With a nod, I finger comb my long hair as best I can. Following him into the bakery while wearing his socks, I twist my hair around itself, forming a messy bun. He points to a long wooden bench, and gingerly I sit, wincing before trying to balance on one cheek.

The sexy baker rounds the display counter, and I take the opportunity to glance at his well-sculpted backside. Nice.

He pours two mugs of coffee, and then comes to the table, setting down each steaming container. “I’ll be right back.”

Disappearing through a door marked Private, he quickly returns and holds out a bed pillow. “For your ass.”

I laugh as he takes a seat across from me in a chair. “I’m Enya, by the way. Enya Calloway.”

“Nice to meet you, Enya Calloway.” He lifts his mug, watching me over the rim. In typical conversation this is where he should tell me his name, but he doesn’t offer, and I don’t ask.

There’s something very unconventional about this man.

As silence grows, I glance around the bakery. Display cases line one side while the long, wooden, booth bench where I sit, and a scattering of tables line the opposite wall. The floor is giant black and white squares while subway tiles decorate the wall giving the place an old-world-bakery atmosphere. Or maybe it’s New Age as the stark white, clean lines have made a resurgence. With the hum of the air conditioner no longer buzzing, music can be heard.

“Imagine” by John Lennon fills the space.

“Beatles fan?” I hitch a brow, glancing at him over the rim of my mug. He shrugs, all casual coolness across from me, watching me drink my coffee. One arm rests against the back of the chair beside him; the other hand cups his mug. Silence has never been so comfortable, but I can’t keep quiet for long. I glance up at a quote on the wall.

There is NO HOLE in Kindness

The capitalized Os are shaped like donuts.

“Strange quote.”

“This location used to be a donut shop.” He offers, as if that explains everything.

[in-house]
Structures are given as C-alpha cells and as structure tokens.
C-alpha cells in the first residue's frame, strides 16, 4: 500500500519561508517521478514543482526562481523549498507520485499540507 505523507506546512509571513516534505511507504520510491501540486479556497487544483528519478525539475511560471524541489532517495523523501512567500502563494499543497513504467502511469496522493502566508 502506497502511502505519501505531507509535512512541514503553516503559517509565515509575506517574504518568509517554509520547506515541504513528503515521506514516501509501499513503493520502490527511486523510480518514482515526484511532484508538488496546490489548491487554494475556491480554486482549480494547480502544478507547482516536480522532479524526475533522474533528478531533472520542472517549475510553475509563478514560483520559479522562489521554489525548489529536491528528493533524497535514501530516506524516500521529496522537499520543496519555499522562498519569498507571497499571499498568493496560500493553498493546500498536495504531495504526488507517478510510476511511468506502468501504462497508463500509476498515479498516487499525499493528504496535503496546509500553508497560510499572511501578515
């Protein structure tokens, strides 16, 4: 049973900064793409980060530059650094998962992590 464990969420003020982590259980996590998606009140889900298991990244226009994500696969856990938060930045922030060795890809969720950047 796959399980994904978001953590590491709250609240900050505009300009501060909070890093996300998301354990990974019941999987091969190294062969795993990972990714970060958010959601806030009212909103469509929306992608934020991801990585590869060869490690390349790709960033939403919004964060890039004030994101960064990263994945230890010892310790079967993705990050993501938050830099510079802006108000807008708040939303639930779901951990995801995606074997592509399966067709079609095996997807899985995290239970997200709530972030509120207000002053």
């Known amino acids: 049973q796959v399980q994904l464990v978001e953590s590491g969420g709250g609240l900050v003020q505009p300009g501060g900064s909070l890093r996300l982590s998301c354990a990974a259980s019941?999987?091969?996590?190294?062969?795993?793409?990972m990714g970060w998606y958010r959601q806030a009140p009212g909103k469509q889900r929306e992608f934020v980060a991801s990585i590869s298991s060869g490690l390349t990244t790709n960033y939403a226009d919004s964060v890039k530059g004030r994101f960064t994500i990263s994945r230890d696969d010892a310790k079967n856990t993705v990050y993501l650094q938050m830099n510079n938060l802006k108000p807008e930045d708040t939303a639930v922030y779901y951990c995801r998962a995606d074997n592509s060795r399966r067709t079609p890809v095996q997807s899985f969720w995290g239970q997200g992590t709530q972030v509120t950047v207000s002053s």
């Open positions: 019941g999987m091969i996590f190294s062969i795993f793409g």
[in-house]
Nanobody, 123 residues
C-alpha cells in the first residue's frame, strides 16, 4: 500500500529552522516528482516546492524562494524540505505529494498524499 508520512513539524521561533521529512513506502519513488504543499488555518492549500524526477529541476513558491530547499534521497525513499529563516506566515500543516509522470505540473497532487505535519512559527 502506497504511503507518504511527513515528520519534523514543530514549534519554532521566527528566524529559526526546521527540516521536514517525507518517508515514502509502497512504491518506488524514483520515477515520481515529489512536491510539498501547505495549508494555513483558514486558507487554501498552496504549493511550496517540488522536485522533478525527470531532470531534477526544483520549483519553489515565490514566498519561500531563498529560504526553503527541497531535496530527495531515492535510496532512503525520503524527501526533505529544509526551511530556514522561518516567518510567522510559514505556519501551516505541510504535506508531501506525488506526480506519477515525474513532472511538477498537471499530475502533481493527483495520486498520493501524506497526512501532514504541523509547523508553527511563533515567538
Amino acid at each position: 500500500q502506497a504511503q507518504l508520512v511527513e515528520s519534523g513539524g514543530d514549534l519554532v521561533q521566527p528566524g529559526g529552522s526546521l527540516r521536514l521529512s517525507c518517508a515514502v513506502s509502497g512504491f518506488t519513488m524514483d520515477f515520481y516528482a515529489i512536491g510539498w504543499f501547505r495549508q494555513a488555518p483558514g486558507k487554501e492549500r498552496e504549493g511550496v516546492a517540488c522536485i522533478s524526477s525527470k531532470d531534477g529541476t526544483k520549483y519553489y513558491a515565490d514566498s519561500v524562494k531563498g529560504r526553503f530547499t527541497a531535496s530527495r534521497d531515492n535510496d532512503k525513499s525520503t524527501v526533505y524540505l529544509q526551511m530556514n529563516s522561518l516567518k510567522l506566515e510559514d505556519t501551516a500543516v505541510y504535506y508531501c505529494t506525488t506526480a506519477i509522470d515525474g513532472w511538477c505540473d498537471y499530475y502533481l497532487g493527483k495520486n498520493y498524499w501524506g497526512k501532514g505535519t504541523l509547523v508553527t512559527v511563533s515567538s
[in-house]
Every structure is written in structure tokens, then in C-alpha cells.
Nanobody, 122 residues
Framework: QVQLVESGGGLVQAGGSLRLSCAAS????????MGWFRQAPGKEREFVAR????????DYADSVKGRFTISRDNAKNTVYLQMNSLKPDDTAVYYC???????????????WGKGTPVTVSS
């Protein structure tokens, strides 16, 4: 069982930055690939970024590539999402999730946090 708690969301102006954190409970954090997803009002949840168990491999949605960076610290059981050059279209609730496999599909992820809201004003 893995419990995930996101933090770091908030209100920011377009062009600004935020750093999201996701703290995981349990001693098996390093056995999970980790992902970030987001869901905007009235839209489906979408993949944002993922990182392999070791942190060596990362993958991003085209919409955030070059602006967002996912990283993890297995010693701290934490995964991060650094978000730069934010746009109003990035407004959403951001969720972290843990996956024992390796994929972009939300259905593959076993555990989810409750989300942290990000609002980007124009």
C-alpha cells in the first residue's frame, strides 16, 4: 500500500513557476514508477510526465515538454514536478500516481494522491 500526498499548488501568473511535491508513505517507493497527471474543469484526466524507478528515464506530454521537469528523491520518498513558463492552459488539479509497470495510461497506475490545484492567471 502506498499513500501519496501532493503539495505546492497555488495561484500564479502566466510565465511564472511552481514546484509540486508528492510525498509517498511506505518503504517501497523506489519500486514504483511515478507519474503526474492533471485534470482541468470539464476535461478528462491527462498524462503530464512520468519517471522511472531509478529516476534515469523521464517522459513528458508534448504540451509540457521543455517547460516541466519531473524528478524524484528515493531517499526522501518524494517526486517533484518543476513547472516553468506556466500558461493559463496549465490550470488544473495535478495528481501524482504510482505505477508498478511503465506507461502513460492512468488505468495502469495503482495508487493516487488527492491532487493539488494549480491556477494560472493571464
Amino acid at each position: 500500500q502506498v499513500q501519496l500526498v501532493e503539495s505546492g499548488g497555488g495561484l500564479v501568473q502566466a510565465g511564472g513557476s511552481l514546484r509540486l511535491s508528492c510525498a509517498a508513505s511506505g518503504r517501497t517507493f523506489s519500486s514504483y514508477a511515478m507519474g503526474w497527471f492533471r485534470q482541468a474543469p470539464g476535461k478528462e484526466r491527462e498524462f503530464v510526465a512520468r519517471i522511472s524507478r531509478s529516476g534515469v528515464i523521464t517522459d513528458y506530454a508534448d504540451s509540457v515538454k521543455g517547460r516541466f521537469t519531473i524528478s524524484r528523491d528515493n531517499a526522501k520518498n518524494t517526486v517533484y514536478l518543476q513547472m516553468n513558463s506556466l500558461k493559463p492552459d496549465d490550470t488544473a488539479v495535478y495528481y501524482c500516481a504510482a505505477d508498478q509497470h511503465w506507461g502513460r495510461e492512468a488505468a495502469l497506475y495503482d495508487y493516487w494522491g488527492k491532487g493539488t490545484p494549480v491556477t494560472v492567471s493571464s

“Donuts have holes.”

He shrugs. His smirk matches my smile. “Bundt cakes do as well.” He tips his head to read the quote himself. “It was here when I bought the place. Figured it brought the previous owners thirty-two years of business luck. I left it on the wall.”

Taking a second glance, a faint outline surrounds the quote, as if fresh paint didn’t match the original color.

“Maybe it’s a metaphor. Like kindness is cyclical.”

He shrugs again and scoffs while lifting his mug. “Maybe it was a nicer way of saying don’t be an asshole.”

Glancing back at the quote, I mutter, “Maybe.” Unfortunately, I’ve known a few assholes in my thirty-eight years. Lowering my gaze, I look at him again. “Got any other quotes for good luck?”

His lip quirks up on one side and he tips his chin. “What do you need luck for?” Those heavy blue eyes scan my face.

Do I need luck? I should already feel like the luckiest woman in the world. But my eyes instantly well. Damn my emotions.

“I’m pregnant.” Saying the words aloud for the first time feels strange. A little unreal. A lot exciting.

His arm along the back of the chair slips to the seat. His hand on the handle of his mug flattens on the tabletop. His entire demeanor shifts, and that hint of danger becomes more apparent. An invisible wall goes up around him. He leans forward.

“Husband must be happy.” His rugged tone, which once sounded friendly, is now jagged.

“No husband.” With my gaze aimed at the table, the wood surface blurs from the threat of tears.

“Boyfriend, then?” His voice croaks on the term.

I shake my head. How do I explain my situation to a stranger?

“You’re the first person I’ve told.” A sour lump fills my throat when I’m actually ecstatic deep down.

“Shit.” The gruffness filters into my ears, but all I really hear is the pulsing of my own heart.

I’m going to have a baby.